Both attorneys seem a little much for a simple hearing but depending on how complex the facts are it may be reasonable. It is impossible to know without knowing the facts and what was billed.
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"My former atty quit leaving a huge unpaid bill for services that ended up not being used as a result. Can I arbitrate fees?" -- Yes, your attorney must submit to non-binding fee arbitration if you timely request it. You may also consider asking your attorney to reduce his fees in return for immediate payment of the agreed sum. Good luck.
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Yes, you should go to a fee arbitration through the state bar against the first attorney. Good luck.
I am licensed in California only and my answers on Avvo assume California law. The above answer is for general information only and is based on the information you posted. Every case is fact dependent, so to get a thorough analysis of your situation, you will need to consult face to face with an attorney licensed to practice in the jurisdiction where the incident took place. Do not conclusively rely on any information posted online when deciding what to do about your case. No attorney-client relationship shall be created through the use reading of this response on Avvo. You should never delay seeking legal advice, disregard legal advice, or commence or discontinue any legal action because of information in this response.
You didn't mention the basis for arbitrating which usually is a provision in the engagement letter between attorney and client or a right under state law or bar practice to have a neutral panel or arbitrator (often in a grievance procedure) resolve your issues. As an arbitrator, I'd give much weight to what you are presenting (assume all is true and the other side doesn't convincingly refute same). I don't believe an attorney who prepares useless documents and fails to follow through with representing the client, without any basis for behaving that way (as for example, non payment of agreed fees, the discovery that the client has misrepresented a situation, etc.) should be entitled to compensation for that work. Other arbitrators might disagree, but I believe most would agree. Less likely would be your chances of recovering for your second attorney because—just think about it—that would mean you never would pay even once for the work. Unless you can demonstrate that the first attorney caused you to pay more than one would normally pay or that he/she is somehow responsible for an augmented portion of your legal fee, I don't think the odds on that portion of you claim are great—although other arbitrators might disagree. I know $5550 seems high, but I wonder why you didn't get some agreement in advance on what the range of fees would be and also one can't evaluate all the time your second attorney had to put in to prepare and present your case. Hope this helps. Best of luck.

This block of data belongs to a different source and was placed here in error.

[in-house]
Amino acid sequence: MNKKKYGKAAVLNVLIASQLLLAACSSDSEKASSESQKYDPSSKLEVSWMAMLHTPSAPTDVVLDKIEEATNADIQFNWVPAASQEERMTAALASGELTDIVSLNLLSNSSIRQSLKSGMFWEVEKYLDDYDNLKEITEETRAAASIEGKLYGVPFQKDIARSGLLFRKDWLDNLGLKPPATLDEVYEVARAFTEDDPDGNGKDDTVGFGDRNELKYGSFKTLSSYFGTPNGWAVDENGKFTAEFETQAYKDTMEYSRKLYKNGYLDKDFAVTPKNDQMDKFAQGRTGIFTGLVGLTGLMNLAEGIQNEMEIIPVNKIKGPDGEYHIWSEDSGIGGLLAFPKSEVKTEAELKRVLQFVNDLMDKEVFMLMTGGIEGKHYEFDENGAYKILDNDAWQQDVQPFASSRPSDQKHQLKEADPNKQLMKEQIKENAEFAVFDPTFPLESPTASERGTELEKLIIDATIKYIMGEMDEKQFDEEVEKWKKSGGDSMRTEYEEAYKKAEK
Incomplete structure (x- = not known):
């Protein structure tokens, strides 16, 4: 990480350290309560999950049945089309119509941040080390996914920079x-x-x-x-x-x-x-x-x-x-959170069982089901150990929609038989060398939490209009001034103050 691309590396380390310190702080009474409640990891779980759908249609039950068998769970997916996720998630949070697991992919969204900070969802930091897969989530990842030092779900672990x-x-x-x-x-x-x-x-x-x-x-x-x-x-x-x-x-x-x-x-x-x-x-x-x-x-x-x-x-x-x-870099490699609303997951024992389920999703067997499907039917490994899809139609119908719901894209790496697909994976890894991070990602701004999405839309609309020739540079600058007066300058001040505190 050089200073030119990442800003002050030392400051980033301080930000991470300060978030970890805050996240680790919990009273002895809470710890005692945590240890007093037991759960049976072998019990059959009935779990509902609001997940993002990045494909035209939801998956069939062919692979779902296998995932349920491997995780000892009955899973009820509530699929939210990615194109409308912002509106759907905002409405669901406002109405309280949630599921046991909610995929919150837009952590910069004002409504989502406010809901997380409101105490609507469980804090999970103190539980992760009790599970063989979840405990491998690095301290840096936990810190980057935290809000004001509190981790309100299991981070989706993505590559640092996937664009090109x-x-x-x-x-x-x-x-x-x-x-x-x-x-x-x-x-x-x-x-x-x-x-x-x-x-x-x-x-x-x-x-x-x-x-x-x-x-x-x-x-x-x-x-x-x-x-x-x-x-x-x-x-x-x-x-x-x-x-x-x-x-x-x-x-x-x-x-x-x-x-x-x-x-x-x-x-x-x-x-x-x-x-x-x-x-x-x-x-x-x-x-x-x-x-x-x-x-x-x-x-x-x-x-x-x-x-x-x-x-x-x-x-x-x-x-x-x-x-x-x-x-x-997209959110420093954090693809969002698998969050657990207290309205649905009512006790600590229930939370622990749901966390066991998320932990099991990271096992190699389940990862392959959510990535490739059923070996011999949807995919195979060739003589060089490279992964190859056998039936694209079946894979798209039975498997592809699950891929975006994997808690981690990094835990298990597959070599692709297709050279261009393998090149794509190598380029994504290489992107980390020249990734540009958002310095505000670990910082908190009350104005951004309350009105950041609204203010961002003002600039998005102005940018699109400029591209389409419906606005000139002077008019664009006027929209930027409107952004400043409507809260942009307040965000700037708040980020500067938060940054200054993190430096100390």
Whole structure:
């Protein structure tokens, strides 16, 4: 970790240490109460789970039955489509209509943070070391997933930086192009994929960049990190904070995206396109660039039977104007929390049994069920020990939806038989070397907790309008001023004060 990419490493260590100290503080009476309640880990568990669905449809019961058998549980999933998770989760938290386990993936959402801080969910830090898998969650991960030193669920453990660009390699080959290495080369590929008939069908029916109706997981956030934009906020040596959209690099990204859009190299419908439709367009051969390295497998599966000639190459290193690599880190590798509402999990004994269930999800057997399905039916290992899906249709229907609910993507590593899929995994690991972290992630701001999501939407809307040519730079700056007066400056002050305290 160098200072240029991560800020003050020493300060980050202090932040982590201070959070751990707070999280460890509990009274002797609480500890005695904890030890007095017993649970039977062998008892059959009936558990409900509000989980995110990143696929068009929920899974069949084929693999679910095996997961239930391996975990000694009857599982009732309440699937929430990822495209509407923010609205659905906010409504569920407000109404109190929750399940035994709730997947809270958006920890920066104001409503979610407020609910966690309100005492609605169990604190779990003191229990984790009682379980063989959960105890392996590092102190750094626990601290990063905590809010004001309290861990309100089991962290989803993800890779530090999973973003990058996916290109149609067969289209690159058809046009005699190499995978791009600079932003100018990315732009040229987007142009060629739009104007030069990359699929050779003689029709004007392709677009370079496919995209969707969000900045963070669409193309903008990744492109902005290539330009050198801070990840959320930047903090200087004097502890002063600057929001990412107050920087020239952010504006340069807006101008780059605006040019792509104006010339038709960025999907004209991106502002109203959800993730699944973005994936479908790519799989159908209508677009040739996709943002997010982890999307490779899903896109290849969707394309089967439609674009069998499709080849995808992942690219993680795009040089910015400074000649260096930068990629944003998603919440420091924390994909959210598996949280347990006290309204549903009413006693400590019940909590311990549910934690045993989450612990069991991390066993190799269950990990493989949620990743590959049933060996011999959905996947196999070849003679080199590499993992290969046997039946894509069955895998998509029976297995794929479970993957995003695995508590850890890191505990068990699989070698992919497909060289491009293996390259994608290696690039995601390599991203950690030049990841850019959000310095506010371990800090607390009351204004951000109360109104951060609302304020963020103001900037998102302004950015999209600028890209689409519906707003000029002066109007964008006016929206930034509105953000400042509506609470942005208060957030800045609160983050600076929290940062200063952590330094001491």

I am an arbitrator and this is not legal advice. I'm licensed in Florida and NY and my response has nothing to do with Ca. law, but is rather just a general approach to your problem. It's impossible to judge the odds of any outcome without a clear understanding of both parties' positions and even then no one can predict results for certain.